Senate Minority Leader Tom Begich, D-Anchorage, House Minority Leader Lance Pruitt, R-Anchorage, Speaker of the House Bryce Edgmon, I-Dillingham, and Senate President Cathy Giessel, R-Anchorage, speak at the Alaska Chamber’s Legislative Fly-In, Wednesday. (Ben Hohenstatt | Juneau Empire)

Senate Minority Leader Tom Begich, D-Anchorage, House Minority Leader Lance Pruitt, R-Anchorage, Speaker of the House Bryce Edgmon, I-Dillingham, and Senate President Cathy Giessel, R-Anchorage, speak at the Alaska Chamber’s Legislative Fly-In, Wednesday. (Ben Hohenstatt | Juneau Empire)

Alaska lawmakers vow this year will be different than last year’s fiasco

Legislative leaders from all parties say they want to work together and finish on time.

Majority and minority leaders from both chambers of the Legislature said 2020 will not be a repeat of last year.

Senate President Cathy Giessel, R-Anchorage, Speaker of the House Bryce Edgmon, I-Dillingham, House Minority Leader Lance Pruitt, R-Anchorage, and Senate Minority Leader Tom Begich, D-Anchorage, told attendees at the Alaska Chamber’s Legislative Fly-In that they want this session to end on time and lawmakers are working together.

“We do not want a duplication of last year,” Pruitt said. “For those who were here, it was a difficult time.”

A member of the audience asked the lawmakers why they should believe this year will be different.

Edgmon said last year it took the House leadership about a month to organize, there was a budget-making process unlike any other in state history that led to a level of public interest he had never seen before and special legislative sessions held in dueling locations.

“You look back at all that, and you go, ‘For God’s sake, how could 2020 not be better?” Edgmon said with humor.

Plus, Edgmon said Gov. Mike Dunleavy has stepped up to the plate as well with a new chief of staff, Office of Management and Budget director and a budget proposal less drastic than last year’s proposed budget.

Begich cited his work with Gov. Mike Dunleavy on the Alaska Reads Act, a bill meant to improve reading performance throughout the state by third grade that has bipartisan support, as proof cooperation is possible.

Pruitt said a desire not to tarnish the institution of the Legislature is another reason to believe things will be different.

“I think the four people that you have sitting in front of you, I think I can confidently say this, they’re passionate about the institution,” Pruitt said.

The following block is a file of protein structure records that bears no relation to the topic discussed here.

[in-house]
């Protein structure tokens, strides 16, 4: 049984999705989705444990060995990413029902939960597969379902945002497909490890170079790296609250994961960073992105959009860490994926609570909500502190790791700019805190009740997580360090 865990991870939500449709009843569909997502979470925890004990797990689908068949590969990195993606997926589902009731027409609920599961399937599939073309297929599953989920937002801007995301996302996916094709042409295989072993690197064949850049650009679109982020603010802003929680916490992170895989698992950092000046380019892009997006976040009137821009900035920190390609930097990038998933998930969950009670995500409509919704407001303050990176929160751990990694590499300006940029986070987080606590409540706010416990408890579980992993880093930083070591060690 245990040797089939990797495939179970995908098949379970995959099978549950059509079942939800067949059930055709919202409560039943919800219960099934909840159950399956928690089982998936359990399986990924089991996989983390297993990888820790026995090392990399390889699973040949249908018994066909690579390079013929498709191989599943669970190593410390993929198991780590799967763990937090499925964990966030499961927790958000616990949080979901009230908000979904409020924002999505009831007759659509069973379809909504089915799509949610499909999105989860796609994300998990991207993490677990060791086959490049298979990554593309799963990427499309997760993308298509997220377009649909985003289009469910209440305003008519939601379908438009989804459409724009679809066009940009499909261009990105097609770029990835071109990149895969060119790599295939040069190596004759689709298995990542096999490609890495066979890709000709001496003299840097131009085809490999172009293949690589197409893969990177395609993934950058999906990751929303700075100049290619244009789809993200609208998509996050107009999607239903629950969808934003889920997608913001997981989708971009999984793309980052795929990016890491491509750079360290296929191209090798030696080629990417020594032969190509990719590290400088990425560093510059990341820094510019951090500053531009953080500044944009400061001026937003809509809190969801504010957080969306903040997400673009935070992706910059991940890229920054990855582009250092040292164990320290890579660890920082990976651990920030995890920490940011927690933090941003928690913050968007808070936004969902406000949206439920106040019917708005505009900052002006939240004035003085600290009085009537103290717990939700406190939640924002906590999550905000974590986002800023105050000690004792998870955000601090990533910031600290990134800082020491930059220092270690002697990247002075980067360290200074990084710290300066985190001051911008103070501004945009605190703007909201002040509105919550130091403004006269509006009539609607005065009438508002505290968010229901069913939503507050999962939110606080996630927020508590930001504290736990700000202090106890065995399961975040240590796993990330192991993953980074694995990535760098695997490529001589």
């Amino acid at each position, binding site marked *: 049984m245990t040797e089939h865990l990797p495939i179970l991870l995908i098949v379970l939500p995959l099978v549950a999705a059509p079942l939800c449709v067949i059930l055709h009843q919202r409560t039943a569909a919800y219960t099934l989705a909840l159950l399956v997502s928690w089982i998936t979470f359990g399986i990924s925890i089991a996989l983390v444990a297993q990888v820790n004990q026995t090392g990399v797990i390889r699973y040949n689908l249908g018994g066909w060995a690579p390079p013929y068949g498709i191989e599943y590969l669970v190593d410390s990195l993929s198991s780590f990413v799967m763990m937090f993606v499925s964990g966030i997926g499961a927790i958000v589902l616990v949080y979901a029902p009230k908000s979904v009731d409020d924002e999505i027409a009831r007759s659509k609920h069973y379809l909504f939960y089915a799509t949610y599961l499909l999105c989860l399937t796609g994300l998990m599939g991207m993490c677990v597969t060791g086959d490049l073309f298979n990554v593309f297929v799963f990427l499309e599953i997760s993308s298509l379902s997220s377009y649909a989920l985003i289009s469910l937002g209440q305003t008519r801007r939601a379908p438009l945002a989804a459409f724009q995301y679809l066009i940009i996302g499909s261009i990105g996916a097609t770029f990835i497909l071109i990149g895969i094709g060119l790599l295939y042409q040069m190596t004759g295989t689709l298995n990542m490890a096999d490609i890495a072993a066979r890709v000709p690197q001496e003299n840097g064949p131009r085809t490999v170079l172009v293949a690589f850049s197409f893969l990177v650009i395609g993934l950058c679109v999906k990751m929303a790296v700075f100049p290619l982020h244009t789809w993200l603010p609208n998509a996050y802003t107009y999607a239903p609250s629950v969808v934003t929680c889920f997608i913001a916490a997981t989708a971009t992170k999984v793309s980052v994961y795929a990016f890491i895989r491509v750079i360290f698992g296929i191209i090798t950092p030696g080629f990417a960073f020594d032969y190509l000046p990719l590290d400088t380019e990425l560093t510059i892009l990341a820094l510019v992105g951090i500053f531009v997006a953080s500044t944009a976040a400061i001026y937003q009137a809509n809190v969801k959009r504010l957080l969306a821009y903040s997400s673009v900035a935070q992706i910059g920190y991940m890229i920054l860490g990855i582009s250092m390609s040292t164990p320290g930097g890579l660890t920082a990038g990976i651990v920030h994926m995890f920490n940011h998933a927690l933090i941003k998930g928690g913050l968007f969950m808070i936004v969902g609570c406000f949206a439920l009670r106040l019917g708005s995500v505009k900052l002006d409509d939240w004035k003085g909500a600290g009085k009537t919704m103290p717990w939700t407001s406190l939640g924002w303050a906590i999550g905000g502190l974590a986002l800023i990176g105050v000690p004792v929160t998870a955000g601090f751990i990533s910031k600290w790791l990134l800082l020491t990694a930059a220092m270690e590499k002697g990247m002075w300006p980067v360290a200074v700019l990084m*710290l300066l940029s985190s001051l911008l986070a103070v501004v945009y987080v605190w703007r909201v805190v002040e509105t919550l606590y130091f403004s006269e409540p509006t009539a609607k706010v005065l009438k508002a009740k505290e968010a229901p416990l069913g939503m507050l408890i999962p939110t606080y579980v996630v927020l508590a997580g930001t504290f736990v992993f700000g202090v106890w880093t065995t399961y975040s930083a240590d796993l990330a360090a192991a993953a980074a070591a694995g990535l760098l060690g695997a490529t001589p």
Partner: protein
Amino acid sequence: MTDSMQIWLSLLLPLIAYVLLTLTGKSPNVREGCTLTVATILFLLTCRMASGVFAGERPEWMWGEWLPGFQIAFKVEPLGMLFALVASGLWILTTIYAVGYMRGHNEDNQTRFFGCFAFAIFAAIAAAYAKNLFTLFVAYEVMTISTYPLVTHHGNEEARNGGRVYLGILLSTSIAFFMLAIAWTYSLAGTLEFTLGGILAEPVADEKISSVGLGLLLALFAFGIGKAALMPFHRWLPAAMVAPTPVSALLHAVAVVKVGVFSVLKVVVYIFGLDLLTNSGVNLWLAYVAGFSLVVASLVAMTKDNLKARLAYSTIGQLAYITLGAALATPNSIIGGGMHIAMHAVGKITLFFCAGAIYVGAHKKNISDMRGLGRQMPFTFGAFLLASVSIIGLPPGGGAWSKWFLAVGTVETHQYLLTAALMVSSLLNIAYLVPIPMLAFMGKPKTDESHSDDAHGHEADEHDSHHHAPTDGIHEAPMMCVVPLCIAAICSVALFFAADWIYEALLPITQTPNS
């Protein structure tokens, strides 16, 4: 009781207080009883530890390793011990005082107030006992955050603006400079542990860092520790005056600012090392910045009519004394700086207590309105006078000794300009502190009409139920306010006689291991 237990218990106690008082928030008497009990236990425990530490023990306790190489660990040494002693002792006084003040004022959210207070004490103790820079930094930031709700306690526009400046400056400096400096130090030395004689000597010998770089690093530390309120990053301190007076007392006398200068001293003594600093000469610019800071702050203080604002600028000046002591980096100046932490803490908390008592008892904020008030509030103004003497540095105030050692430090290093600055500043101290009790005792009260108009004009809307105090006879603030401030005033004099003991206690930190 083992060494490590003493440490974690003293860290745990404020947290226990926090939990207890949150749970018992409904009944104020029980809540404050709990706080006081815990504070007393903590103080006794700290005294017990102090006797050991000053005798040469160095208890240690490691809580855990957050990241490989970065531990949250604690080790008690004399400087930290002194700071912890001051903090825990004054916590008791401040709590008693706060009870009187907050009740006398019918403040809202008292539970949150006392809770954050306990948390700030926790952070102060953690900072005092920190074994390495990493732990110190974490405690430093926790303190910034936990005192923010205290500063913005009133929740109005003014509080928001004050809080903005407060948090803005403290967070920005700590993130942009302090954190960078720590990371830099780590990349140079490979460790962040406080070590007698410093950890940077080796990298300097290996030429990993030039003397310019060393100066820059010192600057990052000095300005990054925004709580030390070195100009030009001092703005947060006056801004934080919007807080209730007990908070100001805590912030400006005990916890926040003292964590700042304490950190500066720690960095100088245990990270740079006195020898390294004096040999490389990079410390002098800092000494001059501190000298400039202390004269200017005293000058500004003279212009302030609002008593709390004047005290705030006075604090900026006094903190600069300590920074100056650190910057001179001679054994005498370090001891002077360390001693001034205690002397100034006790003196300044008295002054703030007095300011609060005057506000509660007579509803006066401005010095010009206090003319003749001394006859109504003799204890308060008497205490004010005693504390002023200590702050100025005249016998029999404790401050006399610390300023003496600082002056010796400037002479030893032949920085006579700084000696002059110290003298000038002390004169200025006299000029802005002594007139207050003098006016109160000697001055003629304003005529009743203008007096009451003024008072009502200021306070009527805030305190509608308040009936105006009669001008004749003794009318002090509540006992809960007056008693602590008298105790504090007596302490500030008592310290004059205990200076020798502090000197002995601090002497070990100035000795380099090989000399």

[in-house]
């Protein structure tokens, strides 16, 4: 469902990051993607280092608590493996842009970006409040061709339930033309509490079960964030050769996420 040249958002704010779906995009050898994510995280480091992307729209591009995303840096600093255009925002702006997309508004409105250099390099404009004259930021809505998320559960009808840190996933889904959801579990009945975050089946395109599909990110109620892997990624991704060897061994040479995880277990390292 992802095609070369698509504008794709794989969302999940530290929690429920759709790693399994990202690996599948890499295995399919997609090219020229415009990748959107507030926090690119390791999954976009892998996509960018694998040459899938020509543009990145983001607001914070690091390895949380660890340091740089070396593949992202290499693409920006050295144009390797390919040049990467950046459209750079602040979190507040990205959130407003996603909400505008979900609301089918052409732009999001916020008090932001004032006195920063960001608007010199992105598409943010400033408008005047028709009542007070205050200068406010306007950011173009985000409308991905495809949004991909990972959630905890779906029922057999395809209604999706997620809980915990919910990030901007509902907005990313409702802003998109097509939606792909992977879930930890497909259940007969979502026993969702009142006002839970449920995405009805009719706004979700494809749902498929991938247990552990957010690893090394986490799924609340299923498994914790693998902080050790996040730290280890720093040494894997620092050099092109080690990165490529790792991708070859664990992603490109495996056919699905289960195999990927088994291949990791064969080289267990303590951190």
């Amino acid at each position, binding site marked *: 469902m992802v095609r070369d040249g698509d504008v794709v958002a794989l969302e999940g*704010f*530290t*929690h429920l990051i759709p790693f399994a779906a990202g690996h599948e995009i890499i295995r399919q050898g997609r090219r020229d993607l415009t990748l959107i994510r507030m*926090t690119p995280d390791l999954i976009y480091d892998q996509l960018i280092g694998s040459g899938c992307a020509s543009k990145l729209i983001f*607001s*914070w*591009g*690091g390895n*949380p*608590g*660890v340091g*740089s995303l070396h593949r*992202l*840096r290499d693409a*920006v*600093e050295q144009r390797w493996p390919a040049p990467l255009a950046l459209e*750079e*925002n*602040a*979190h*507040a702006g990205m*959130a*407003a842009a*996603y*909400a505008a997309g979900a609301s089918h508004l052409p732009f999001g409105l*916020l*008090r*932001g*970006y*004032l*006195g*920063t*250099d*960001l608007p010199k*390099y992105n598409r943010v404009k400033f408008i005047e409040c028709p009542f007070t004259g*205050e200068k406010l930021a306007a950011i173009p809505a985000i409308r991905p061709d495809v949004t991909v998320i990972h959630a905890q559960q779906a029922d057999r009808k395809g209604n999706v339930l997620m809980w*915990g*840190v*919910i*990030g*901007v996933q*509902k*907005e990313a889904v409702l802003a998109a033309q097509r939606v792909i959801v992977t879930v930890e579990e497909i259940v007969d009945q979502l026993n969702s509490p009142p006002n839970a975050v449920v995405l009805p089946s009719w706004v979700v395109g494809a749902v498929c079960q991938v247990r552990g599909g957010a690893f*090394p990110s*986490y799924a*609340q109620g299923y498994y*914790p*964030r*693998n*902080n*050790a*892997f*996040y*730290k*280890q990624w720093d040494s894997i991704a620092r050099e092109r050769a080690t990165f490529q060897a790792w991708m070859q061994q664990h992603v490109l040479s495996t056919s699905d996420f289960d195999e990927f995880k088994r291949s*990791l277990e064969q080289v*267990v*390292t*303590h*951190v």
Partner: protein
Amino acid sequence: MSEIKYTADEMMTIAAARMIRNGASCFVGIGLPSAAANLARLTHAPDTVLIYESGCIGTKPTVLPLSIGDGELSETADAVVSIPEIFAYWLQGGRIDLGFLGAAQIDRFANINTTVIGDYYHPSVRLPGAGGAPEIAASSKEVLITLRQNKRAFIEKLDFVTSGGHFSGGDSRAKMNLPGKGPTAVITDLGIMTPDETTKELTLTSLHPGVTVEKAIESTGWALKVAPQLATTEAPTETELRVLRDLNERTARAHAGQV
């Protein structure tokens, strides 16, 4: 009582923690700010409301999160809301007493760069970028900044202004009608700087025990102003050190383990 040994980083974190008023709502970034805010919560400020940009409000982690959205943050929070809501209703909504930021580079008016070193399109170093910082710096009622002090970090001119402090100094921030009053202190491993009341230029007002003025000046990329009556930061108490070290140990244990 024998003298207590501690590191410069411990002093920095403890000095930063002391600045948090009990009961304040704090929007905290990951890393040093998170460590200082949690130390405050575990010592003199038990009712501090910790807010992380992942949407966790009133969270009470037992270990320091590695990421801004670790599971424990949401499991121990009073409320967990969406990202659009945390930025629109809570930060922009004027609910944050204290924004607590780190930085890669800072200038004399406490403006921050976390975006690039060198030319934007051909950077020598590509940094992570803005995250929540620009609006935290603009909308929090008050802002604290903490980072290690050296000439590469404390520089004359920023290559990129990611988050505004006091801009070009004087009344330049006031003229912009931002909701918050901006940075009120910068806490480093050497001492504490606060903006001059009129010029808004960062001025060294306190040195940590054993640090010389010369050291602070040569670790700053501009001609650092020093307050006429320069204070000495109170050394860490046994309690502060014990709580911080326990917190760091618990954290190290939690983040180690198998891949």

While the lawmakers said to expect different results, much of the discussion at the chamber event was centered on well-worn topics — a government spending cap, the Permanent Fund Dividend and the Alaska Marine Highway System.

Giessel said she is “absolutely” in support of a viable Alaska Marine Highway System as evidenced by the recent joint session that included an attempt to override the governor’s vetoes and provide further funding to the ferry system that connects much of coastal Alaska.

[Once again, veto override fails]

She also shared she will be appointing Sen. Bert Stedman, R-Sitka to a nine-member working group to reshape the AMHS established by an administrative order from the governor.

“He’s done a lot of work on the marine highway,” Giessel said of Stedman. “I think he’s a perfect fit for that.”

All lawmakers said the PFD cannot continue to be an annual point of contention and debate.

“We have to get past it,” Edgmon said.

Pruitt said he hopes the statutory PFD formula is revisited during this session, and elected officials work together to create a new formula.

Similarly, all lawmakers offered at least tenuous support for a spending cap, but their takes on exactly how that would be determined and what it would practically mean differed.

Begich said he is not opposed to a spending cap, but there were need to be a plan in place and the cap would need to allow for paying for the state lawmakers want to build.

[What Alaska’s budget really needs is a tightened spending cap]

Edgmon said the impact of a cap would need to be carefully considered. He raised the hypothetical scenario of federal funding requiring matching state dollars that would put spending over the cap.

Pruitt said a cap is absolutely needed and had an idea for how it would be enforced.

“Put in that thing you can’t run for re-election if you don’t fit within that spending cap, and people will start figuring out a way to fit within that spending cap,” he said to a smattering of applause.

Giessel said a spending cap would be preparing for a day when the state has more money to spend and might not be especially needed in the present day.

“Frankly we have a spending cap right now, we don’t have any money,” Giessel said.

• Contact reporter Ben Hohenstatt at (907)523-2243 or bhohenstatt@juneauempire.com. Follow him on Twitter at @BenHohenstatt

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